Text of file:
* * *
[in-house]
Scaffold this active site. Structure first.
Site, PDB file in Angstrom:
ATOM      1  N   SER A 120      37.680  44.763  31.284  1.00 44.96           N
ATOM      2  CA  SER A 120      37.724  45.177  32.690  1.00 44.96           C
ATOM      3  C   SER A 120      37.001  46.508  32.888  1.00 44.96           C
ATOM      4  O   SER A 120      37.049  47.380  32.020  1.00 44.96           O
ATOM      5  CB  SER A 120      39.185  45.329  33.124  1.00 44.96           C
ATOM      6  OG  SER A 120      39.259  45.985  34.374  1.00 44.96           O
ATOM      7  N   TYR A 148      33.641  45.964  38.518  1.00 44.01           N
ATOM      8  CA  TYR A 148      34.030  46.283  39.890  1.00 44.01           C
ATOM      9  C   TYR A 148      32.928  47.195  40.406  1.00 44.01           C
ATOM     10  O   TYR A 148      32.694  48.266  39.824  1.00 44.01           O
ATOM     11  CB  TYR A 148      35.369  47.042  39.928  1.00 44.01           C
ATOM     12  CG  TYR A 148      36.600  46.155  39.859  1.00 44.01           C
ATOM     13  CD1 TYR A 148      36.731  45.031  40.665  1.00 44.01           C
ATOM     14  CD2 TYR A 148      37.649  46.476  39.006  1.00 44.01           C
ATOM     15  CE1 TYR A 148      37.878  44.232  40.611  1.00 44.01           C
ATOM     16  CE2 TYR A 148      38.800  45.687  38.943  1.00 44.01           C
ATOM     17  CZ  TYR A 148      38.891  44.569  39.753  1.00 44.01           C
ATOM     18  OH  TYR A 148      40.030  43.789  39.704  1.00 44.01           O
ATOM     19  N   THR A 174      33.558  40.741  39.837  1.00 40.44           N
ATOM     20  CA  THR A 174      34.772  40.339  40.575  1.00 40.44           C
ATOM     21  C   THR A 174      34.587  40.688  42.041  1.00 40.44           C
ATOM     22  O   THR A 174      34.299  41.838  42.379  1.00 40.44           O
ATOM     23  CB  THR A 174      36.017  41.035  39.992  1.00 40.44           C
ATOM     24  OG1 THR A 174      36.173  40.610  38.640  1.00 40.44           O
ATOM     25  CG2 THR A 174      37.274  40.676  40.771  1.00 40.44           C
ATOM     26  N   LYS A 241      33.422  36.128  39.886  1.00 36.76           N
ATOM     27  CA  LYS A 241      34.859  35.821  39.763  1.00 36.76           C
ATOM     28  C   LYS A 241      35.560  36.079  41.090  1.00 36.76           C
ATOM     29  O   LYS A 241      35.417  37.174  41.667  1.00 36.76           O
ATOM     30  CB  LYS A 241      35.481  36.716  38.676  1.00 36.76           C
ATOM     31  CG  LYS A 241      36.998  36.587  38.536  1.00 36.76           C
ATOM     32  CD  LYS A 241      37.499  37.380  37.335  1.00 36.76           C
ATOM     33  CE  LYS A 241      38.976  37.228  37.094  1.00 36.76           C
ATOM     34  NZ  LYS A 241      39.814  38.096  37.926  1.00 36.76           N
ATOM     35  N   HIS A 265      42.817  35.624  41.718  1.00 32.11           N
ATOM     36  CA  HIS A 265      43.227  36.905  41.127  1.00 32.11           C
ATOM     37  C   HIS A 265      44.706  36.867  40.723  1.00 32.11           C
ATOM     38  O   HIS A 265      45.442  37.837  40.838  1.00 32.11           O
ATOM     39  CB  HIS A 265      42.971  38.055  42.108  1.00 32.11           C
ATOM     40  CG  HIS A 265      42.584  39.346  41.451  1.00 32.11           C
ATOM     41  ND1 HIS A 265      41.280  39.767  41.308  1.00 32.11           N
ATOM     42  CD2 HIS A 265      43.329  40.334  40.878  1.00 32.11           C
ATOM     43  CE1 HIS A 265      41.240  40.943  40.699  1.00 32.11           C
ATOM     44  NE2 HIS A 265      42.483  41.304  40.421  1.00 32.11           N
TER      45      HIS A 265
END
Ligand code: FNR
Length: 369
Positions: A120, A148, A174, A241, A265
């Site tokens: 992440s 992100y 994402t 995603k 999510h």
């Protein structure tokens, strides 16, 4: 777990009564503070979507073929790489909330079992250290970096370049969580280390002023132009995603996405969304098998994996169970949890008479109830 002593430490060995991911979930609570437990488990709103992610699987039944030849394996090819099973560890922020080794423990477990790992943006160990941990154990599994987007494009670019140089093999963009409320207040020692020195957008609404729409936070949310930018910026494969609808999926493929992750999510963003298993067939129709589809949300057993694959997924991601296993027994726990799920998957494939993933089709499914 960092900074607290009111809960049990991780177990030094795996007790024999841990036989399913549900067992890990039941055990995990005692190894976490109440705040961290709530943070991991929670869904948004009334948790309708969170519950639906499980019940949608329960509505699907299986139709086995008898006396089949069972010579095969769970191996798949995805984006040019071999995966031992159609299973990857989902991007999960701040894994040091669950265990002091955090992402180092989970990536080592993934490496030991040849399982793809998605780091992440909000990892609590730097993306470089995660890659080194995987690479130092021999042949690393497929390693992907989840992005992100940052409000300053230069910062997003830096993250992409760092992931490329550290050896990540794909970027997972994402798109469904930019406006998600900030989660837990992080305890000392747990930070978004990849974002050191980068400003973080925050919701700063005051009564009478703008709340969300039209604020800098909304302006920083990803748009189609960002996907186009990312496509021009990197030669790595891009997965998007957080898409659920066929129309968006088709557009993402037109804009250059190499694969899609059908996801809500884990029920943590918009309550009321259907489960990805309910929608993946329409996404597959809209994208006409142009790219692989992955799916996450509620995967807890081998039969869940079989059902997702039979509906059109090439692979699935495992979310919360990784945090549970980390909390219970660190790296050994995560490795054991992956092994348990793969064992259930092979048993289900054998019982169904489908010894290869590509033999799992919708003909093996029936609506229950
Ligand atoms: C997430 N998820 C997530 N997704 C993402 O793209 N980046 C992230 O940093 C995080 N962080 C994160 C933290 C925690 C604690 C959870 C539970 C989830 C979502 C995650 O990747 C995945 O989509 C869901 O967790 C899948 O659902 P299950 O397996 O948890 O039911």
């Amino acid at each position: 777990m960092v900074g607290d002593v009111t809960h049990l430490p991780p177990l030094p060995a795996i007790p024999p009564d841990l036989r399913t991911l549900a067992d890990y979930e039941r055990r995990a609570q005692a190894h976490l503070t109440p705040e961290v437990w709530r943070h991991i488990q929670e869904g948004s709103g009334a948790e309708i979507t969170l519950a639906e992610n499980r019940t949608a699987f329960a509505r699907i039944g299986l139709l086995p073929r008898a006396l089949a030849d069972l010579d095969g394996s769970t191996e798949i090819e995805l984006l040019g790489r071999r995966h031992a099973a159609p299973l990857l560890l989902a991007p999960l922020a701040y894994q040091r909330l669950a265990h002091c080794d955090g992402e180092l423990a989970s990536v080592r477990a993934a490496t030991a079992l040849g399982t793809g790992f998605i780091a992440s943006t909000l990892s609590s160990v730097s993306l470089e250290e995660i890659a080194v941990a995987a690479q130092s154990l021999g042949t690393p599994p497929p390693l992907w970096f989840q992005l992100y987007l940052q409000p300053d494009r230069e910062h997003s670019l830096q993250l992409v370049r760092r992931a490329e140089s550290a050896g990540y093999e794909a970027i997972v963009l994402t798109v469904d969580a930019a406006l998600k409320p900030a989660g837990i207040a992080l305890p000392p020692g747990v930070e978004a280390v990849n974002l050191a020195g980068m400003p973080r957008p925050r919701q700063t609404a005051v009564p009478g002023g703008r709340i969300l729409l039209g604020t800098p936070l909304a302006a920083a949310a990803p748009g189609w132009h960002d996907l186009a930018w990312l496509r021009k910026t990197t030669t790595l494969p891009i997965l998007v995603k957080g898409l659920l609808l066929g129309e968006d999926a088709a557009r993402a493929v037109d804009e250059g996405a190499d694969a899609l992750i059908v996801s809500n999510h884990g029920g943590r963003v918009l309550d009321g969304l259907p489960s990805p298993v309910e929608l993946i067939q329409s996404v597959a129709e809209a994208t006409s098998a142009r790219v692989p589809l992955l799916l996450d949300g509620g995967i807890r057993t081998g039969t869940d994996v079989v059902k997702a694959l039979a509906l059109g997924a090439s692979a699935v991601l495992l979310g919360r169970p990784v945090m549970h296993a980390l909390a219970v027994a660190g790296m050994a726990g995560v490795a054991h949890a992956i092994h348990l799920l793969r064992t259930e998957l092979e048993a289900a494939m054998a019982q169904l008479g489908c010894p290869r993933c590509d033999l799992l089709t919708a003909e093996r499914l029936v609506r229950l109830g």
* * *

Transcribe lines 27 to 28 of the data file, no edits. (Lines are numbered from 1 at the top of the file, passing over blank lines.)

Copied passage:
ATOM     24  OG1 THR A 174      36.173  40.610  38.640  1.00 40.44           O
ATOM     25  CG2 THR A 174      37.274  40.676  40.771  1.00 40.44           C